Another difference is that we are marshaling all of the investigative resources at our disposal in the fight against terrorist financing. And to do that, we are having to overcome interagency tensions, turf battles and differing priorities that have stunted our progress in the past. Let me mention three of these problems in detail.

First, consider the shackles placed on Treasury's Financial Crimes Enforcement Network, or "FinCEN," which collects information on suspicious financial activities from banks, analyzes it and then reports the results to law enforcement. In the past, FinCEN has maintained a certain distance from intelligence agencies because our rules limit the sharing of domestic information with our intelligence agencies. While an important safeguard, that distance hampered our efforts in the past to connect suspicious domestic financial behavior with foreign intelligence leads in fighting terrorism more effectively. Al-Qa'ida terrorism is, after all, a foreign conspiracy operating against U.S. targets, and it is impossible to stamp it out without coupling foreign intelligence and domestic information.

A second problem has been with using intelligence leads to designate terrorists and terrorist groups under the Executive Order. Doing so might expose "sources and methods" used to gather foreign intelligence in the first place, and that could comprise compromise intelligence operatives in field. In the past, OFAC has been particularly reluctant to rely solely on intelligence for fear of having to defend its actions in court.

Third, obtaining information from the FBI {Federal Bureau of Investigation] -- our nation's lead domestic investigator -- also has been difficult because the FBI is preoccupied with building the strongest possible criminal case for conviction. The FBI's primary interest has been pursuing and protecting evidence, not exchanging leads with other federal agencies.

Many of you have read about recent anti-terrorism and money laundering bills now under congressional consideration. Once signed into law, these bills will help us break down some of these barriers.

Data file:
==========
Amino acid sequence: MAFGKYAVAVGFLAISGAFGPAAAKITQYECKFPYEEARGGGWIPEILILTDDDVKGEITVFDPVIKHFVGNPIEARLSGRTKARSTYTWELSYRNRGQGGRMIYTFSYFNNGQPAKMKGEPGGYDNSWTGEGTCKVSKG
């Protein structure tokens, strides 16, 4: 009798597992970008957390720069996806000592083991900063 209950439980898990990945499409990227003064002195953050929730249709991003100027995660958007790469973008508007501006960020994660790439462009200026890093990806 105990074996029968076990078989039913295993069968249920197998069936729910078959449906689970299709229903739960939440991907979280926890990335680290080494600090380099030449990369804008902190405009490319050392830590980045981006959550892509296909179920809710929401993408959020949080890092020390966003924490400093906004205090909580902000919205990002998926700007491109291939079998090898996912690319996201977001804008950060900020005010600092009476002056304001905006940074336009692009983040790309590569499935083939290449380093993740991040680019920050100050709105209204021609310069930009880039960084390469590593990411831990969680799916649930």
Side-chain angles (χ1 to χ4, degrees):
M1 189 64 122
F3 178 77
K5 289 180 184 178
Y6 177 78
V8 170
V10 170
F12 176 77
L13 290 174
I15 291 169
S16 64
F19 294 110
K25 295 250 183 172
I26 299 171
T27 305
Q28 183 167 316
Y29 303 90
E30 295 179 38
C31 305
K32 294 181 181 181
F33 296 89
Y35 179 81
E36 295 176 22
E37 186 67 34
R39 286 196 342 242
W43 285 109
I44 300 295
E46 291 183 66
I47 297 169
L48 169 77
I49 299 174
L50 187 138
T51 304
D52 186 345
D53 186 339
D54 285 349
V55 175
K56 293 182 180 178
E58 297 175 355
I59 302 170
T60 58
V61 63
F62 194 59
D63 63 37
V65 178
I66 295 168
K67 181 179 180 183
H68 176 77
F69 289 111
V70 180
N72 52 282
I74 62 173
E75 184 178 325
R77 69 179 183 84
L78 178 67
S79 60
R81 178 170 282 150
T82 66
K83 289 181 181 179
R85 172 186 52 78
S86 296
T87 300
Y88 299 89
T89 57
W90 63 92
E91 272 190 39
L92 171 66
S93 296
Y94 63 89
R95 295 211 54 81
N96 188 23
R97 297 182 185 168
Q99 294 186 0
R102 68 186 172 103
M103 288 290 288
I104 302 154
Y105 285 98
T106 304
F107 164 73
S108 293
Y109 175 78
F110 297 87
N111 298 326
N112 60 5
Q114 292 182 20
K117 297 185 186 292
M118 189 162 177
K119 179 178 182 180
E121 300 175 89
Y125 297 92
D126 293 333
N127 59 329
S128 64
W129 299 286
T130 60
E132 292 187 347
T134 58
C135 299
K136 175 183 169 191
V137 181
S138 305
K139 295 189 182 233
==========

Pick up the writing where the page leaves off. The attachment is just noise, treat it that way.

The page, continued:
This week we expect Congress to pass amendments to the Bank Secrecy Act, the Fair Credit Reporting Act and the Right to Financial Privacy Act that will allow the broad sharing of terrorist-related information between FinCEN and our foreign intelligence agencies. Under these laws, law enforcement and intelligence agencies will be able to share grand jury material and electronically intercepted evidence to the extent such information pertains to foreign intelligence and counterintelligence.

Moreover, these new laws will authorize judges to consider classified information in reviewing blocking orders, provided such review is performed in camera. By removing the judge's review of classified information from the normal adversarial process, intelligence "sources and methods" will be protected from disclosure.

As for resolving the inherent conflict between prosecution and terrorist asset tracking, the President has made it clear that prevention of terrorism is at least as important as its prosecution. Still, the tracking of terrorist finances must be carefully balanced with the tracking of the terrorists themselves, lest we interfere with the vital mission of the FBI. In these and many other ways, Congress is giving us the tools we need to win the war on terrorism.

How then are we going about the search for terrorist money? Since mid-September, we have put together an interagency task force that includes the Treasury's enforcement and international affairs components, CIA [Central Intelligence Agency], the Departments of State and Justice, the FBI and the NSC [National Security Council]. This task force works to identify potential financial intermediaries of suspected terrorists and their associates. A new Financial Terrorist Asset Tracking Center is also looking at all terrorist organizations worldwide so that we can create a big picture profile of what the financial infrastructure of these groups look like.

In addition, Treasury's Secret Service, IRS [Internal revenue Service] and Customs investigators have joined the financial front against terrorism, providing fresh leads and added expertise. Besides working directly with FinCEN and the FBI, these investigators are forming a joint venture that leverages their incomparable financial skills to advance the financial war to a new level of sophistication.

Another feature of our financial front against terrorism has been to benefit from the expertise of the financial institutions. Without going into specifics, I can say that U.S., as well as foreign, financial institutions have been very helpful and cooperative in the struggle against terrorism. Over the long term, the continued cooperation of banks and financial institutions is essential.

By the way, both OFAC and FinCEN have established toll-free 1-800 numbers for financial institutions, and this method of instant communication already is being used extensively.